Dr. Jim Arnold Gives Back a Smile
(This article was published in the Times Newspaper in 2008.)
The longtime resident of Porter County suffered severe dental damage nine years ago as the result of domestic violence.
But through a nonprofit program, one local dentist was able to not only give her back her smile, but also helped to restore her confidence.
A reason to smile
For Jim Arnold, being a dentist is not just a job — it’s also about giving back to the community. Dr. Arnold, a Valparaiso native and member of the American Academy of Cosmetic Dentistry, knows there is more to life than going to work and making money.
“My parents kind of instilled in me when I was a kid that I should give something back,” Arnold said. “At different times in my life I’ve been able to give different things.”
In the past Arnold has run a free clinic at Hilltop House, but most recently the AACD has provided another way to connect with the community through its Give Back a Smile program, bringing dental professionals and victims of domestic violence together to repair damage to teeth resulting from abuse.
It was through this program that Arnold and Carmen, who requested that her last name be withheld, met and began a process with a life-changing impact.
Carmen, a longtime resident of Porter County and model in her youth, suffered severe dental damage as a result of being kicked in the face and chest with steel-toed boots nine years ago. There were few willing to help at the time.
“Nobody wants to get involved,” Carmen explained. “Our society doesn’t help out people — it’s not like it used to be.”
Fortunately, some were willing to step up. The Caring Place, a local women’s shelter, analyzed her case and provided her name to the Give Back a Smile program. Soon, she got a telephone call from Arnold.
Consultations revealed the extent of the damage, and Arnold decided to give Carmen more than her smile back.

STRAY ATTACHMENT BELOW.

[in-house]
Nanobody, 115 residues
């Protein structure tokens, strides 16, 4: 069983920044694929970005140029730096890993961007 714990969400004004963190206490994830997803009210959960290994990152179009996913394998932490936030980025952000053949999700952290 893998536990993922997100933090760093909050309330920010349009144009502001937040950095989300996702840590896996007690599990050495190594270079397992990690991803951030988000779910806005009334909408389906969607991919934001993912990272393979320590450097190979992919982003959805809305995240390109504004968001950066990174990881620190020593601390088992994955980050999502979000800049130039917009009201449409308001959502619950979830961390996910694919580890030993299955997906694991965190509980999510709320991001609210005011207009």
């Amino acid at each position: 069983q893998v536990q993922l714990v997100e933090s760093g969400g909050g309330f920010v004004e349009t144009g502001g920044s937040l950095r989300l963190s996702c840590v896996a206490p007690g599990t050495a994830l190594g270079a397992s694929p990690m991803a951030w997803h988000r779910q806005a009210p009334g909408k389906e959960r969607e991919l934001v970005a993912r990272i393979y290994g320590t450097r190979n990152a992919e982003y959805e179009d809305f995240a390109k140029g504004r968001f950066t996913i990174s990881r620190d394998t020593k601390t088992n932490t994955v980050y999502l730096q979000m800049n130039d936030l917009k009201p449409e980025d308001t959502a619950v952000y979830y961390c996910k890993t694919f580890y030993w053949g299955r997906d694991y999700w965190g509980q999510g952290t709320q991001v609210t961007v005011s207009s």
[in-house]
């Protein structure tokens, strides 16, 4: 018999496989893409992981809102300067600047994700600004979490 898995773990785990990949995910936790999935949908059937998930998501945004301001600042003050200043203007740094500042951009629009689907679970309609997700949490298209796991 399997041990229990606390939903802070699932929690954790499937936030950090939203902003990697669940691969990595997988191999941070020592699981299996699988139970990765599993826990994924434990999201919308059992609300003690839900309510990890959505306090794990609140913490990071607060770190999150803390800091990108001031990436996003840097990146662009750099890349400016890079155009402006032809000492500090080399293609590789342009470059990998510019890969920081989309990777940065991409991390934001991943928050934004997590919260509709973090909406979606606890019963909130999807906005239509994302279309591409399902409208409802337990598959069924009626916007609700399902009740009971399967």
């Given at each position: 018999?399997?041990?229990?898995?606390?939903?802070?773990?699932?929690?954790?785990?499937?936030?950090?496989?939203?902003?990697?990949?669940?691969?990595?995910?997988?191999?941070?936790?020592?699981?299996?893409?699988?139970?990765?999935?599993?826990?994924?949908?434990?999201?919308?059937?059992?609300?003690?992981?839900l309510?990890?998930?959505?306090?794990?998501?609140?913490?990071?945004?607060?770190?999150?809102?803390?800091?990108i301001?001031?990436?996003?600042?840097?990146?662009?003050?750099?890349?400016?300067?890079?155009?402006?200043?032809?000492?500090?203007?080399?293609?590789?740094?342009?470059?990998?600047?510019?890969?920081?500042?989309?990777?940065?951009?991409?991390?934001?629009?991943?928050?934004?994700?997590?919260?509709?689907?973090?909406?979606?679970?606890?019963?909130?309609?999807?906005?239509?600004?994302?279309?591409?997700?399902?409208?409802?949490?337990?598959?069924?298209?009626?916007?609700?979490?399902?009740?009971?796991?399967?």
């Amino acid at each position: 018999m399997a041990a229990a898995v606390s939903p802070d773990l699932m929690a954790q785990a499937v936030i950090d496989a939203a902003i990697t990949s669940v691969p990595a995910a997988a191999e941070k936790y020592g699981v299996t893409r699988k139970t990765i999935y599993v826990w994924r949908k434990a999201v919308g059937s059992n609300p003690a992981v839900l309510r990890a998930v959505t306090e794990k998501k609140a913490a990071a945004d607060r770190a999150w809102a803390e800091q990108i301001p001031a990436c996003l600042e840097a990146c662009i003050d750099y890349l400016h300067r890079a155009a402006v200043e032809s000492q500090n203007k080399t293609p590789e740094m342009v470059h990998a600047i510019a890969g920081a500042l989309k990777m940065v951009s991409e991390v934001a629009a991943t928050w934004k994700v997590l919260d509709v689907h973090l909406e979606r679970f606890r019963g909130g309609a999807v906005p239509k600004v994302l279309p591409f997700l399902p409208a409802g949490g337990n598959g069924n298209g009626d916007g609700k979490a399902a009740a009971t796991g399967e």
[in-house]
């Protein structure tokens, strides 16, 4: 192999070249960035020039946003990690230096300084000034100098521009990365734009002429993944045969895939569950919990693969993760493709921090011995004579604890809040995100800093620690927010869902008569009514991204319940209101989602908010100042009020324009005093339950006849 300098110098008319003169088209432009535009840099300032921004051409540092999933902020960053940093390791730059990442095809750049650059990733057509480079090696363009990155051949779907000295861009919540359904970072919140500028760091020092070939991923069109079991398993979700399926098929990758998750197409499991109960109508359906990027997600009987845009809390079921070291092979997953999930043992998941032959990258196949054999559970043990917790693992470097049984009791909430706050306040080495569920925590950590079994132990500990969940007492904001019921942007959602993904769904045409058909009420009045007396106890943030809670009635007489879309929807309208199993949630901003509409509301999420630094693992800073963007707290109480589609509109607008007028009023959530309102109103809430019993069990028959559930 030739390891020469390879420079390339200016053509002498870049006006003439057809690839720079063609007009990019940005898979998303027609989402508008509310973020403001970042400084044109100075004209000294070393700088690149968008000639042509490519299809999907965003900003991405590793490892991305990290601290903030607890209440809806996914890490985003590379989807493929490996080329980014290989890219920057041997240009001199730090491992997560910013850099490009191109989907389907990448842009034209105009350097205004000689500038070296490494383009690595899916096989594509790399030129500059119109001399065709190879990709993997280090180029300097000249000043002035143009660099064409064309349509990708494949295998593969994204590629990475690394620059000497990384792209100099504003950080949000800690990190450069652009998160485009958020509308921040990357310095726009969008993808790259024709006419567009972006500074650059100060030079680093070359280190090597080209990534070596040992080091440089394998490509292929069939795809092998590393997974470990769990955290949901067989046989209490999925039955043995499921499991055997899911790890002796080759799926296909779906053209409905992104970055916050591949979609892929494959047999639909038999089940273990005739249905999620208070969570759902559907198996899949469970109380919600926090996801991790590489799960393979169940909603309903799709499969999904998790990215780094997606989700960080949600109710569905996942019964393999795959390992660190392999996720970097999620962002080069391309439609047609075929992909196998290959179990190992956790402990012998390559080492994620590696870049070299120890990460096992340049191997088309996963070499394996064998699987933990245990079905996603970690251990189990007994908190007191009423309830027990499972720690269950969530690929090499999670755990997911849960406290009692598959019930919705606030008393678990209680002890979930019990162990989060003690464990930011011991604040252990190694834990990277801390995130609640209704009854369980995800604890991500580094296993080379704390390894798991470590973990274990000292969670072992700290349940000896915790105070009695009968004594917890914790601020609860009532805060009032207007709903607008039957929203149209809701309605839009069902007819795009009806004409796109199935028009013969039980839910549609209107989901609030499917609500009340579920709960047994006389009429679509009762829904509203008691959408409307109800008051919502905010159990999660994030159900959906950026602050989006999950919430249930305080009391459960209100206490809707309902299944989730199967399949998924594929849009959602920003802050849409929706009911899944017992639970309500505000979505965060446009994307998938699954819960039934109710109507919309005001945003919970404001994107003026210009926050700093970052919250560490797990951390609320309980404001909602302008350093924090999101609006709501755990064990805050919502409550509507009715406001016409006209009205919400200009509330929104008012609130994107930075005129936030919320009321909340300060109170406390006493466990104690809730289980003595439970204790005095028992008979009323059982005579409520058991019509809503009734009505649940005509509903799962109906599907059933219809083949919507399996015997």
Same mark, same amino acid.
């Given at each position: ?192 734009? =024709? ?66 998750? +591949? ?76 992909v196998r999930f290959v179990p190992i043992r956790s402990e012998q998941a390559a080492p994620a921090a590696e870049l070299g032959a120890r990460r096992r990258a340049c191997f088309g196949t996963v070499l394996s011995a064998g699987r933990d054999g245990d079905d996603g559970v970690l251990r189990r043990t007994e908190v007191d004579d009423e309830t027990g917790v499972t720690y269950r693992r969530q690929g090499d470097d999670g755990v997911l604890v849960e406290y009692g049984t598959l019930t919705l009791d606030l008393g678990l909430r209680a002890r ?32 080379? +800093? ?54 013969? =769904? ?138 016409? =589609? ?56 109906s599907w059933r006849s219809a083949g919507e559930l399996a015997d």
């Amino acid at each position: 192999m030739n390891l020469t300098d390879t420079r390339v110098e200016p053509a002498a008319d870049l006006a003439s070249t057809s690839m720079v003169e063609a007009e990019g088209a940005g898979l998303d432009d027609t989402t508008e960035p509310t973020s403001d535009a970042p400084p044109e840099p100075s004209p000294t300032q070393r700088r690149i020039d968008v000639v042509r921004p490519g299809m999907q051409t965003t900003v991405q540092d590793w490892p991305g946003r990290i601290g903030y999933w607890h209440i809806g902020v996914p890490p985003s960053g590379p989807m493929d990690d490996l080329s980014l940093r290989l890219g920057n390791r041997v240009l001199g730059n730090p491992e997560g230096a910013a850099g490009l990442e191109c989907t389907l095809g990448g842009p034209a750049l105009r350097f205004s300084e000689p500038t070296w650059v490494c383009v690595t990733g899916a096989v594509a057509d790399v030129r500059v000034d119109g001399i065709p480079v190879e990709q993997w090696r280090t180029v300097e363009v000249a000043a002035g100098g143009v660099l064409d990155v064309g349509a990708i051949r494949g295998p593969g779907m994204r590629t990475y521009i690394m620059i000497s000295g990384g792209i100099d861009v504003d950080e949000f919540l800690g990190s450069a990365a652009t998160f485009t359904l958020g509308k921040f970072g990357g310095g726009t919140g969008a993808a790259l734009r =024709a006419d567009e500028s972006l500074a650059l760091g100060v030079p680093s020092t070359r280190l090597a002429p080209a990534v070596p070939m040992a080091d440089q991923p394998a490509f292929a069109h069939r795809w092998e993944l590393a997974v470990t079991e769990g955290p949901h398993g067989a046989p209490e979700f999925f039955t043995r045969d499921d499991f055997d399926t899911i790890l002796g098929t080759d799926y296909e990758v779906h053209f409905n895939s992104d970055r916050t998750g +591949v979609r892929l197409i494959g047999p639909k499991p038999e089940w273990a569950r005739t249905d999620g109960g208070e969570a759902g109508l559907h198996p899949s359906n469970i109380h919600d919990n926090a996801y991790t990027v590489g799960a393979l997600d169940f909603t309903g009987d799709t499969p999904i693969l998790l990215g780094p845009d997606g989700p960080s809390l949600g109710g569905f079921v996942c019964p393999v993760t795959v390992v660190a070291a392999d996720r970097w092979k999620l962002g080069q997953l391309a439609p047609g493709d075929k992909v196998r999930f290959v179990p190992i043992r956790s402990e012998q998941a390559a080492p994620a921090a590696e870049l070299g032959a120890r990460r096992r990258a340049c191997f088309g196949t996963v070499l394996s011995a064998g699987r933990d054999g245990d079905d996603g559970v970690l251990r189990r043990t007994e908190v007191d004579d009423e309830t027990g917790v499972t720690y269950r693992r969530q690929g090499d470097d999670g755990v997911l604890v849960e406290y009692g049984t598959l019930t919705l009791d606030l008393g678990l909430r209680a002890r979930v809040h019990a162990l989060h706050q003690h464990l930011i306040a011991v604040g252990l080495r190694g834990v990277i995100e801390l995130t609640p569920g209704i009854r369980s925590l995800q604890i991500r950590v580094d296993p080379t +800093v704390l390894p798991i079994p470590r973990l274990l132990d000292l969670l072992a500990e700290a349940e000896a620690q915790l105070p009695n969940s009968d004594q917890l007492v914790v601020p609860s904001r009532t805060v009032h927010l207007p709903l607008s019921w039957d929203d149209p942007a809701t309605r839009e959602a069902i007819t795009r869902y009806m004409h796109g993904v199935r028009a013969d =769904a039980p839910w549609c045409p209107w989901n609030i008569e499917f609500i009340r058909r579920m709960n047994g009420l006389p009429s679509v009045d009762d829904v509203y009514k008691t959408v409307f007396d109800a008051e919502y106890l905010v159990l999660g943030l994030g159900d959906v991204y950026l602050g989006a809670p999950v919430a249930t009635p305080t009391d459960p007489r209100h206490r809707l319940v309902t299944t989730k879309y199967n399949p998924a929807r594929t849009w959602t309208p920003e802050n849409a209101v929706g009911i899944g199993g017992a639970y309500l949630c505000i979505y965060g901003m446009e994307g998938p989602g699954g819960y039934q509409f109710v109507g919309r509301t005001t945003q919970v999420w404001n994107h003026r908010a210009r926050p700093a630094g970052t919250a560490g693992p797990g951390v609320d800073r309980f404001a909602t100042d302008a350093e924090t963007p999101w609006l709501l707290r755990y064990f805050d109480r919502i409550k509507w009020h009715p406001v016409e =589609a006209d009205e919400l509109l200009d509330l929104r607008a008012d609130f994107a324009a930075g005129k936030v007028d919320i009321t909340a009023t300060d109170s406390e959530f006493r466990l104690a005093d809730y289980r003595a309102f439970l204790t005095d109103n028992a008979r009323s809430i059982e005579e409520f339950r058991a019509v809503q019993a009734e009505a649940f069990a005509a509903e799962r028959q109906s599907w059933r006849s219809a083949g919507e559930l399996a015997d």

Arnold and his colleagues formed a comprehensive treatment plan. Gums would need to be repaired and teeth replaced. Temporary restorations would have to be made and tested before the final product could be ready.
The experience was a challenging one for Carmen, who used to have a fear of dentists. But Arnold put her mind at ease.
“It was a very gentle, very compassionate, relaxing atmosphere,” Carmen said.
After hours on end in Arnold’s chair, she finally received her permanent restorations in November last year. She could hardly have predicted the results.
“You can fix the external really fast, but it’s hard to fix the inside very quickly,” she said.
She is still adjusting, but she no longer has to worry about laughing, smiling or speaking — she can show her teeth again.
Carmen calls her restorations “my new Chryslers.” The $37,000 procedure, which Arnold provided free of charge, is the first he has done for the Give Back a Smile program, but will not be the last.
“The more you have, the more you have to give,” Arnold said. “I’ve been tremendously blessed in life. I have a wonderful family.”
He wants to set a good example for his four children and for society.
Arnold has also been to India twice to help educate Indian dentists and has created the Smiles by Arnold Foundation, which provides assistance to high school students and children’s organizations. He has done other charitable and discounted work as well.
“There’s a lot of need out there,” he said. Arnold plans to hold a benefit this spring for several women’s shelters, and Carmen will be a speaker at the event.
“I feel so good, and I’m trying to pay it forward,” she said. “I want to touch as many lives as possible.”
She wants to appear on Oprah to draw attention to the dangers of domestic violence, and she wants to create a Web site that will provide support and help for victims of abuse while providing the anonymity of the Internet.
“I’m so blessed,” Carmen said. “I’m forever grateful.”
“We have a social responsibility to do something,” Arnold said. “I’ve tried to surround myself with people who feel the same way.”